Multitasking on Mom
by Paula Dumas
Saturdays=Chaos. Pick up the dry cleaning. Do five loads of laundry. Get Son #1 to double-header. Stockpile groceries at Sam’s Club. Forget about getting hair cut.
Every Saturday, our family schedule is jam-packed with errands and sports events and chores. Trying to get it all done on Saturday so we can actually make Sunday God’s day. Not an uncommon feat for a mom with active kids underfoot who works full-time.
Now mix in the Saturday ritual of catching up with my mom, aka Grandma, in California, which is clearly a priority for me. Or is it? More and more, I find myself multitasking while talking to Mom. And I have to wonder: Am I honoring my mother the way God intended?
Honor your father and your mother, that your days may be long in the land that the LORD your God is giving you. Exodus 20:12
– Putting on makeup and talking to Mom.
– Unloading the dishwasher and talking to Mom.
– Finding school project supplies and talking to Mom.
– Filling up the grocery cart and talking with Mom.
– Watching my son’s baseball game and talking with Mom.
– Answering an email from the fifth grade class mom while talking with Mom.
And so on.
Now, let’s be clear: I learned the fine art of multitasking from Mom herself, who caned chairs and ironed while watching Happy Days with the family. She’s still got it going on, except that I do believe she’s giving me 100 percent of her attention while I’m giving her 70 percent of mine.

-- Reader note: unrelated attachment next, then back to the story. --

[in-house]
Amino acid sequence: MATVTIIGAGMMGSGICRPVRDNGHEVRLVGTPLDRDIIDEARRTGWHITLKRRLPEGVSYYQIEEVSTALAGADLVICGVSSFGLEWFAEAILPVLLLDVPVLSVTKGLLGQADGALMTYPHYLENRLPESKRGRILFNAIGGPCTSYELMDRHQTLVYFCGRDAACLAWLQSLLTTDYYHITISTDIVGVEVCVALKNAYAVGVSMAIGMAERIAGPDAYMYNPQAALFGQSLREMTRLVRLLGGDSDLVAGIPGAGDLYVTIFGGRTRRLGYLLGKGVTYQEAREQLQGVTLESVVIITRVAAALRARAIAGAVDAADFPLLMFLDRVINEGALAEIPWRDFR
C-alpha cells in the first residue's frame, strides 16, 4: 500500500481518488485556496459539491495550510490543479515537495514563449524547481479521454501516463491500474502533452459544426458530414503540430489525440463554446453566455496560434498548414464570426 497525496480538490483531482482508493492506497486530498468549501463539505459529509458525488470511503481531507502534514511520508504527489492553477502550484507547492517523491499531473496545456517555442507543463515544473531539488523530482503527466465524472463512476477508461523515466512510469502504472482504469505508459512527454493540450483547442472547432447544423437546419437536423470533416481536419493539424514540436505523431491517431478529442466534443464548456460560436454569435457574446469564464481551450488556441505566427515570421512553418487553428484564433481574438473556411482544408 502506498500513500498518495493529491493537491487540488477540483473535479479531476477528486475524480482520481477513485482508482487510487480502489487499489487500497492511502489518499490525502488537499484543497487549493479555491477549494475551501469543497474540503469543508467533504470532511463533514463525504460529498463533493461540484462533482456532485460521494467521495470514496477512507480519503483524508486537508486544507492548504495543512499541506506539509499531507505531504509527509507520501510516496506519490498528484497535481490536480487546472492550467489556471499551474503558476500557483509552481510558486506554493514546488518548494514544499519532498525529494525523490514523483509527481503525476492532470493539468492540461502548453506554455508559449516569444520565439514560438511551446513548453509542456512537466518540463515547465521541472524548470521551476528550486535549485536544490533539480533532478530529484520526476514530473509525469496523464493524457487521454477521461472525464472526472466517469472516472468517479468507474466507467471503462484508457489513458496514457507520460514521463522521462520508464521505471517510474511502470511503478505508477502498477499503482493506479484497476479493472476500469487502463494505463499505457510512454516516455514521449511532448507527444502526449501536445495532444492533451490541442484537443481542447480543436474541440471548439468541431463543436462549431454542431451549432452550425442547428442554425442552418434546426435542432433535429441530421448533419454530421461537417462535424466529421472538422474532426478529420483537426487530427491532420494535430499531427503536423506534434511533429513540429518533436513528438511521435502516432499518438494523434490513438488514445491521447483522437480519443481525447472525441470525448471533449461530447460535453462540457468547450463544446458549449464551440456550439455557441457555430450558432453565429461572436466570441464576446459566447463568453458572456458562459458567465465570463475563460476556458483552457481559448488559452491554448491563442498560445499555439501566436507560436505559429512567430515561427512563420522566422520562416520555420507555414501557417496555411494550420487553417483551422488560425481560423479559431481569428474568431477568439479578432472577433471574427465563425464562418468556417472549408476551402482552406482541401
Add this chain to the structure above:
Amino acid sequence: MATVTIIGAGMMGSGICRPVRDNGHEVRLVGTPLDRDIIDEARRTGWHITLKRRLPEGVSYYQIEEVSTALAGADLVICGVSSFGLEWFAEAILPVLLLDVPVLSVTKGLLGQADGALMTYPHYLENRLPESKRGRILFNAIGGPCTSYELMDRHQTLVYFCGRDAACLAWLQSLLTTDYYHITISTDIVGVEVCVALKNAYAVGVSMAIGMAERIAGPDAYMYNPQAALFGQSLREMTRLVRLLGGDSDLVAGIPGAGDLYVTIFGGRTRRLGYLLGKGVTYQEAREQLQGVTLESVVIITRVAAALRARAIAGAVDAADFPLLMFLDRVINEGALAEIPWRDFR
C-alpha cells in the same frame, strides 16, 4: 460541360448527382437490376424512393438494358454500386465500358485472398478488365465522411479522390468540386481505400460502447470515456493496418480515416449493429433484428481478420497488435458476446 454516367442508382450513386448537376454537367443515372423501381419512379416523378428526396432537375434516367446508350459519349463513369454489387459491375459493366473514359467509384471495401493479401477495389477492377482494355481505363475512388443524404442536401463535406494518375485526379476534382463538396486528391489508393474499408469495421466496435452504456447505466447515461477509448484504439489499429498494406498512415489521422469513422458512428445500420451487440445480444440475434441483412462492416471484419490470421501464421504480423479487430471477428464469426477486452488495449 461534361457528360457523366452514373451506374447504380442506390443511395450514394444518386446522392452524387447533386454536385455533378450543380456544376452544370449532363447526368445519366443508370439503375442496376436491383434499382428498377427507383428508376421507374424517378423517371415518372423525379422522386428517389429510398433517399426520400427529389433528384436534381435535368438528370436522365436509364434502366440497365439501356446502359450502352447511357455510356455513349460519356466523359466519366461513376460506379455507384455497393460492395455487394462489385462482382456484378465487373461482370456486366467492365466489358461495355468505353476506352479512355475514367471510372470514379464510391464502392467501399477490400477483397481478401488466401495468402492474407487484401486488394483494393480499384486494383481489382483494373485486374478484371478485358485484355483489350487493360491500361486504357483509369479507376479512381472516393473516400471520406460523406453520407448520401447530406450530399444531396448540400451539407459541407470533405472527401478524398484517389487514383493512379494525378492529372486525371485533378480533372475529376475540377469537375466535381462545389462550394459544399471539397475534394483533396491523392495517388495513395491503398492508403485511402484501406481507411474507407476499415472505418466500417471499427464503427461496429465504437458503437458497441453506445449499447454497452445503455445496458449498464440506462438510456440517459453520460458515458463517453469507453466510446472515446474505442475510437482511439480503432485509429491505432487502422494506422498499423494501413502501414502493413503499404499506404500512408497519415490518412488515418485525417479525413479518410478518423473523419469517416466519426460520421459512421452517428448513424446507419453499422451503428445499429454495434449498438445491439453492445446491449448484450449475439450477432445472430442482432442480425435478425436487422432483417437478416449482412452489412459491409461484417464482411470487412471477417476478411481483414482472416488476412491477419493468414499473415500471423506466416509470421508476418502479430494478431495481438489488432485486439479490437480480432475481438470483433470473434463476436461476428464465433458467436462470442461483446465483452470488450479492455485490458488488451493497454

You can hear my guilt, right? Except that it doesn’t feel like there’s any other option—this stuff has to get done, and I delegate and simplify all I can. That reminds me of two important guideposts on this topic.
1. Doing two things badly. A time management expert spoke at our church and quipped, “Multitasking is doing two things badly.” I had to challenge her on this point, and we agreed: Mindless + Mindful is okay, like quietly unloading the dishwasher + listening to Grandma. Mindful + Mindful is a bad idea, like talking and typing at once.
2. Only one thing is needed. One of my favorite studies, “Having a Mary Heart in a Martha World” by Joanna Weaver, says that God actually wants us to be less busy. Instead of multitasking on Jesus like Martha in the kitchen, Mary sat at his feet and listened. It’s a constant reminder to me to focus on Christ and on the most important earthly relationships I’ve been blessed with — my family — instead of multitasking without their permission.
So, Mom, how does 100 percent of me on Sunday sound?